The first sweater is an attractive cardigan with pattern bands on the sleeves, collar, and hemline. The sleeves are the ever-handsome 3/4 length, and the collar is large with rib bands around it. The front band is knit vertically of single rib. I have only tried this technique once on a vest, because I prefer knitting bands by picking up the stitches from the center front. I think that knitting the band vertically would leave lots of ends to weave in at the buttonholes. The instructions say that the main color is Beige and the contrast color is Green.
The next photo shows a color-patterned pullover in Ochre, Shell Pink, and Rust. I wish there was a color picture of this as the color scheme seems odd. The jacket is a Chanel-type cardigan with patterned bands. The colors are Black for the body, and White and Walnut for the contrast. 3/4-length-sleeve jackets looked very nice with the sheath or shift dresses that were popular then.
The cardigan on the left is also pictured in the color picture above. It has a herringbone pattern, solid bands, 3/4-length sleeves, and a shawl collar on a V neckline. The other cardigan has a pattern of twisted stitches and contrast bands on the collar and sleeves. The materials list says that the sweater is Dapple Green and Beige.
This pullover is knit in the same pattern stitch as the Blueberry Waffle Socks (available online somewhere) and has raglan sleeves. The colors for this sweater are Dark Sand, Tapestry Brown, and Sand. The booklet provides a graphed chart for the color blocking.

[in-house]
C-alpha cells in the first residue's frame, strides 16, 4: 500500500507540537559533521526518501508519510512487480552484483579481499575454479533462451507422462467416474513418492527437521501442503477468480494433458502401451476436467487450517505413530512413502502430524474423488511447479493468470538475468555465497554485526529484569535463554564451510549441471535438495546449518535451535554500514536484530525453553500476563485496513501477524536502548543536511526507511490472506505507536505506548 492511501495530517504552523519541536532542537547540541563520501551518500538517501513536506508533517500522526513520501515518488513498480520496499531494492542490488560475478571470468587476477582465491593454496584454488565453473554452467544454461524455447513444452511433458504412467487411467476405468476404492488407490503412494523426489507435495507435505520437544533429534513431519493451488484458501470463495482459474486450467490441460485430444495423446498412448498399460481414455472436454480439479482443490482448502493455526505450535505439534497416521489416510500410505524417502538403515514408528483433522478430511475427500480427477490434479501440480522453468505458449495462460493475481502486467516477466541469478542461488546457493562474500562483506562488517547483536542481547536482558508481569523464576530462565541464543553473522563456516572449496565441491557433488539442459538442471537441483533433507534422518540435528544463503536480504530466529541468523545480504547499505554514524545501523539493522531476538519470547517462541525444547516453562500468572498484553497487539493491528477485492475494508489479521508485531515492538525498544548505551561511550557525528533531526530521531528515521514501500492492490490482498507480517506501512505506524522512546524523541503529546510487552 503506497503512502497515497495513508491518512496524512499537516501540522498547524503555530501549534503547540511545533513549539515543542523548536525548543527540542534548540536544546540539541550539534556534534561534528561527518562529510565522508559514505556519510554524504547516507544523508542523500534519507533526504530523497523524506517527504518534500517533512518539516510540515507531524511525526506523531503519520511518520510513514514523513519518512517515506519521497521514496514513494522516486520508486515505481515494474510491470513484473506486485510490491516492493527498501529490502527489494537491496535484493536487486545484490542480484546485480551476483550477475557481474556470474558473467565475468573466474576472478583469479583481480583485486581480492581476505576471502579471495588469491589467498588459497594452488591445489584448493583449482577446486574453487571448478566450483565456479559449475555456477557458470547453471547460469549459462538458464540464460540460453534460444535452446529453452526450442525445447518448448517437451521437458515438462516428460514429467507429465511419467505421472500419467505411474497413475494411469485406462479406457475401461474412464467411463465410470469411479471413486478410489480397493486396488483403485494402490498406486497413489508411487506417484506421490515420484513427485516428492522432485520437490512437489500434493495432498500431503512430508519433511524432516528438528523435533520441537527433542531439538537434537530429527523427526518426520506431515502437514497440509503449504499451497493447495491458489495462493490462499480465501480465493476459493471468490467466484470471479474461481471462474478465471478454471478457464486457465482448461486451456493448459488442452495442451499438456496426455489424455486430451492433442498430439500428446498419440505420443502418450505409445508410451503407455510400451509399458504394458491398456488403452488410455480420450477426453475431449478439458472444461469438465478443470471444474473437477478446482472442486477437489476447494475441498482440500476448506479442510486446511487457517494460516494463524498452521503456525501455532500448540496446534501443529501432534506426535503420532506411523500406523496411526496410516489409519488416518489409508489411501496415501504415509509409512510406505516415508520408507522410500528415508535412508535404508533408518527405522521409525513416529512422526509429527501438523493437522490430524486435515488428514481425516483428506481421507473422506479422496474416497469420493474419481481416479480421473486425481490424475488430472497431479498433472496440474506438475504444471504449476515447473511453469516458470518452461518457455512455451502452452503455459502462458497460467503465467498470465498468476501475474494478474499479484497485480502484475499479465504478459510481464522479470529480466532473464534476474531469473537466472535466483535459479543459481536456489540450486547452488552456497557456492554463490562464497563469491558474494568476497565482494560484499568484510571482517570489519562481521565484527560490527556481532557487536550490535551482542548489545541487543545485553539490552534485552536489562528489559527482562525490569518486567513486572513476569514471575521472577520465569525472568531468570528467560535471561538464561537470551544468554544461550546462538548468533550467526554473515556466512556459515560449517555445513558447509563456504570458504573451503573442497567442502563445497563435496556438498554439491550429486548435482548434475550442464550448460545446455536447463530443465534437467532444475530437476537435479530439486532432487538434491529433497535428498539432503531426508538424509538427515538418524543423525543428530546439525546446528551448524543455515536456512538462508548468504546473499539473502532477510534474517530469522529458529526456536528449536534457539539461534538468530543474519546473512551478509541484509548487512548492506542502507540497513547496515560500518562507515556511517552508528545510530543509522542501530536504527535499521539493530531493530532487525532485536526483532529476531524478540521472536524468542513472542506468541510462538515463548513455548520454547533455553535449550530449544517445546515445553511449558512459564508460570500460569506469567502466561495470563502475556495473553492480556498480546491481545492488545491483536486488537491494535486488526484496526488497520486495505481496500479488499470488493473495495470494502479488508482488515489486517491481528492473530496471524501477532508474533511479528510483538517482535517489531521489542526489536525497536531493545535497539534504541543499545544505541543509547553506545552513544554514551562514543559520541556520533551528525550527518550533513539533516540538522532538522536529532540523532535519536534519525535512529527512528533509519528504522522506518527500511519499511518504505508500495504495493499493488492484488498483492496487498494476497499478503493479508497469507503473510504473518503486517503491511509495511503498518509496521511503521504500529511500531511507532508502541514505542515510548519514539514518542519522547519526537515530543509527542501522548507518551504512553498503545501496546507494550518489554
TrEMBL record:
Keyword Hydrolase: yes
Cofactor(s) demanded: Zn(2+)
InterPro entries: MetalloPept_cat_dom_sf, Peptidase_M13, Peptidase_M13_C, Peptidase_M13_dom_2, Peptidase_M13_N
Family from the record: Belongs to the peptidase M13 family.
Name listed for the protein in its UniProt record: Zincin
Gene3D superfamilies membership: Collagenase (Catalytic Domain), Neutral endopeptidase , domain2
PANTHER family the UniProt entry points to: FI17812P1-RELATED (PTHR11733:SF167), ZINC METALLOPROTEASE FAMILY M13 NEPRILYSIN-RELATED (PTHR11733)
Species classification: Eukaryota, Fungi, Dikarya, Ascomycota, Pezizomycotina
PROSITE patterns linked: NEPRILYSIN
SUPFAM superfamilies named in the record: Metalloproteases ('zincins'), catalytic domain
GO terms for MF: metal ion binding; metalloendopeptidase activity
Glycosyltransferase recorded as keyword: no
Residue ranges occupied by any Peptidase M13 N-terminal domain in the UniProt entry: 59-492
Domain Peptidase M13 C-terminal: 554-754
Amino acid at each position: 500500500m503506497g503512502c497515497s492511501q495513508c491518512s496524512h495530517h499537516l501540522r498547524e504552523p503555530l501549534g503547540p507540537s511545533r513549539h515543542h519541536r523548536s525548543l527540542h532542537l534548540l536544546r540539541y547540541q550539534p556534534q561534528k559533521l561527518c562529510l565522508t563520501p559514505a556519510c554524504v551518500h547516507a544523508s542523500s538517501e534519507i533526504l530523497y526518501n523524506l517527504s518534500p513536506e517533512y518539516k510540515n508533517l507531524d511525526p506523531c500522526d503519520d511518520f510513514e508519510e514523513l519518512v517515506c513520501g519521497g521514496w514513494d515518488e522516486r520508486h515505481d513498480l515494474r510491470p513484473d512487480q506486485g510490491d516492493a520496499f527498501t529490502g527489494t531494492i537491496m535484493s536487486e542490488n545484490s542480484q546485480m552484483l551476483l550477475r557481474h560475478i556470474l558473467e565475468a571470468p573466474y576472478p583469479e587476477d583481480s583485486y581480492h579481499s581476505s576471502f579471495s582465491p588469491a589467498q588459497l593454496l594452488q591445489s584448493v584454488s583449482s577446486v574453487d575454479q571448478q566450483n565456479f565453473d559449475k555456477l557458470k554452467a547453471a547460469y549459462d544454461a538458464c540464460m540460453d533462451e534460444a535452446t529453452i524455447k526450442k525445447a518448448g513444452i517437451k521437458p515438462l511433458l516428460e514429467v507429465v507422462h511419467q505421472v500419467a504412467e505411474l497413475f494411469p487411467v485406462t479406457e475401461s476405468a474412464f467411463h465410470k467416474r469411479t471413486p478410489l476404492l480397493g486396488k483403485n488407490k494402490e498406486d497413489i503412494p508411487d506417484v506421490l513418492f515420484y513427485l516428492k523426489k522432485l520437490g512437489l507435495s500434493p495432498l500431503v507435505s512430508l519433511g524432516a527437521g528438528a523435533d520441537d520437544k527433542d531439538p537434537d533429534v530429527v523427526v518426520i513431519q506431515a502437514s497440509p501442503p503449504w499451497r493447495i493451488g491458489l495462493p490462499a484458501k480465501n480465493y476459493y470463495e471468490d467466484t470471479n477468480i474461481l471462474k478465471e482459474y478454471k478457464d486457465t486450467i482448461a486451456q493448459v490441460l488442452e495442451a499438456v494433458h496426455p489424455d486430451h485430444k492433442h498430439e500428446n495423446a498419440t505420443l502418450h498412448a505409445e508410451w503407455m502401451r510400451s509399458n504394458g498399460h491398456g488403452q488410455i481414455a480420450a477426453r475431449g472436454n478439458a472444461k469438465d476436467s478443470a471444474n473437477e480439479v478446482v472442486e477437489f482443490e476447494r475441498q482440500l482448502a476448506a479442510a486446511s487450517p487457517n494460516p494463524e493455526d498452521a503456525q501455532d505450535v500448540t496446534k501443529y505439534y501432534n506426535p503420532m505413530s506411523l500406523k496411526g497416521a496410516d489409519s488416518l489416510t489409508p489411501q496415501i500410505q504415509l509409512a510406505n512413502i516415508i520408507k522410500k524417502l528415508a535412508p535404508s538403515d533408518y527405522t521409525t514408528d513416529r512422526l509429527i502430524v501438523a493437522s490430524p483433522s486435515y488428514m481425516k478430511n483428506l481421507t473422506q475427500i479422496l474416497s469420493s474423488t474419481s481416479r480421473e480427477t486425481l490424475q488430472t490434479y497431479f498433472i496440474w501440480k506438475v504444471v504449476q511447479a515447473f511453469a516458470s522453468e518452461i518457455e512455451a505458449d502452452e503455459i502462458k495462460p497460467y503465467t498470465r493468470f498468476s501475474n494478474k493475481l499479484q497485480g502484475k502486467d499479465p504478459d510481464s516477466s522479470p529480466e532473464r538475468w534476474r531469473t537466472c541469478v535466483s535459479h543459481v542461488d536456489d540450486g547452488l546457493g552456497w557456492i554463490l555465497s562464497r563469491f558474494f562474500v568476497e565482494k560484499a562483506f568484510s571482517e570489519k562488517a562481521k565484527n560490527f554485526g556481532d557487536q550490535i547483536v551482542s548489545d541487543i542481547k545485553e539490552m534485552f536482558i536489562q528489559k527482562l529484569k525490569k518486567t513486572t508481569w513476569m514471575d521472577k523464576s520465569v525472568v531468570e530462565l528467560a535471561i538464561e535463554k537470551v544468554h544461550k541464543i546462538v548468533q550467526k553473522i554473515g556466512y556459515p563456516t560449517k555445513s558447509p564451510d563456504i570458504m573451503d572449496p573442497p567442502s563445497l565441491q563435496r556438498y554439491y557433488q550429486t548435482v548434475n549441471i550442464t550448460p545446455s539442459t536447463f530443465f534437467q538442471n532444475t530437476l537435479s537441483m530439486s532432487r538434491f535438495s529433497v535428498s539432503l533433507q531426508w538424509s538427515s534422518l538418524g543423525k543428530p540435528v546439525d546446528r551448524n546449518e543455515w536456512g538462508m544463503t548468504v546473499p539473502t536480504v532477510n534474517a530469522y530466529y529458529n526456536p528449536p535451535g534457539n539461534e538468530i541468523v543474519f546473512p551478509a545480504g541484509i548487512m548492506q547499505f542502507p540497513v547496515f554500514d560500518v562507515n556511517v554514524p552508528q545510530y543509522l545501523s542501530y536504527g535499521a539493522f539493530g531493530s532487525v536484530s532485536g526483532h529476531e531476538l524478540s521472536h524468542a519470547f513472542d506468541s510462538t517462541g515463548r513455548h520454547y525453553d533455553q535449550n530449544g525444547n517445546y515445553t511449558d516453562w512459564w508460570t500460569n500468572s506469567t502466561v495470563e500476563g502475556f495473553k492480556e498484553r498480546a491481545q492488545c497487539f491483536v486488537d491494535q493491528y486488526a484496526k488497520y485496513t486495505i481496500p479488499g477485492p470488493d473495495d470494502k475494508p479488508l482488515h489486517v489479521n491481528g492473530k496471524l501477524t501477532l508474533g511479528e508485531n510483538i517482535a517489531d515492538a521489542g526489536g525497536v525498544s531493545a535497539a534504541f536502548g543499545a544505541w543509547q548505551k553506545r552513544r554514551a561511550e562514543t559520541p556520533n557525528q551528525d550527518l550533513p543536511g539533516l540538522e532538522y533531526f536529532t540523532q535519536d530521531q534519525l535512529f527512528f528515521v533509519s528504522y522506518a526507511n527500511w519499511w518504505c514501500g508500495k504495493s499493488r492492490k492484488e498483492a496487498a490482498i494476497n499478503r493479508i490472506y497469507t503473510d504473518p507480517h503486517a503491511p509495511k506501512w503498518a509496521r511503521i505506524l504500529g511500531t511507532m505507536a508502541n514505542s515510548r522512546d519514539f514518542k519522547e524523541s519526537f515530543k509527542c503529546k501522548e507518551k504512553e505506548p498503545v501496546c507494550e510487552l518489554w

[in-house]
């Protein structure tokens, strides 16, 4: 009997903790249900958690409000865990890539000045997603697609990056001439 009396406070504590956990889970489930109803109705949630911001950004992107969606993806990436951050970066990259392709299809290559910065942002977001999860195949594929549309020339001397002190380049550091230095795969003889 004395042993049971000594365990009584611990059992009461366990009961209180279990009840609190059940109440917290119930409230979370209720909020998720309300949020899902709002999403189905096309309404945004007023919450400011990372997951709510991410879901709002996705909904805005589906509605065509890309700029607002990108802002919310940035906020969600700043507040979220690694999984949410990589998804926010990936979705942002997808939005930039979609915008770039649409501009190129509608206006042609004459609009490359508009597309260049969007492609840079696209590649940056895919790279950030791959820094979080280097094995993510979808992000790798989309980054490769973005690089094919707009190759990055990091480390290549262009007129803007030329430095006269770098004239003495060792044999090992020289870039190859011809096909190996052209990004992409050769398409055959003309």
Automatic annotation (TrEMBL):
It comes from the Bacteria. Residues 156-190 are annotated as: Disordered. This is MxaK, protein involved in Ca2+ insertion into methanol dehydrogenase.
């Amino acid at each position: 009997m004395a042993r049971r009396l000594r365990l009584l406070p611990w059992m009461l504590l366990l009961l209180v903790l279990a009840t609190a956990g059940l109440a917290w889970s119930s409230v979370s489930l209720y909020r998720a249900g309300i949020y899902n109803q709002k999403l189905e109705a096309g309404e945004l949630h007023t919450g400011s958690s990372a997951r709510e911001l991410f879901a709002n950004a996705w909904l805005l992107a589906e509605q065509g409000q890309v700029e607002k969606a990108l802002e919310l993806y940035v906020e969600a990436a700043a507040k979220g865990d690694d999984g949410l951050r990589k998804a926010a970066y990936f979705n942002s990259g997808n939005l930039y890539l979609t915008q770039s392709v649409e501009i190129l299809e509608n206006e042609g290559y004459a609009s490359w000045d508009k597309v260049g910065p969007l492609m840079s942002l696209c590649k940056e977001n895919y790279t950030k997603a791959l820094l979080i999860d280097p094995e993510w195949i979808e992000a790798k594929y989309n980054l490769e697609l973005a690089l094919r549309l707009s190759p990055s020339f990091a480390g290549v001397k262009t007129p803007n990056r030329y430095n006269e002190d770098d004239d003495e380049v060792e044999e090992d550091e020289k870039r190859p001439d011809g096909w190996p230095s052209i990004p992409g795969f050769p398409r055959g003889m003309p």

We had a busy and productive 4th of July weekend trying to save some of our fruit from the marauding squirrels. The spouse stripped the apricot tree and the Santa Rosa plum tree, and I made one batch of jam and froze the rest for later jam making when it is cooler. I enjoyed watching those squirrels wander around the now-empty trees going 'Hey, where did the fruit go??" I try to keep the bird bath clean and full of fresh water, and not only the birds enjoy it - the squirrels have learned how to leap from the neighboring tree trunk to balance on the rim and drink. The spouse also dug up the front flower bed so we can shortly plant the lovely dayliles we got in Plymouth last weekend.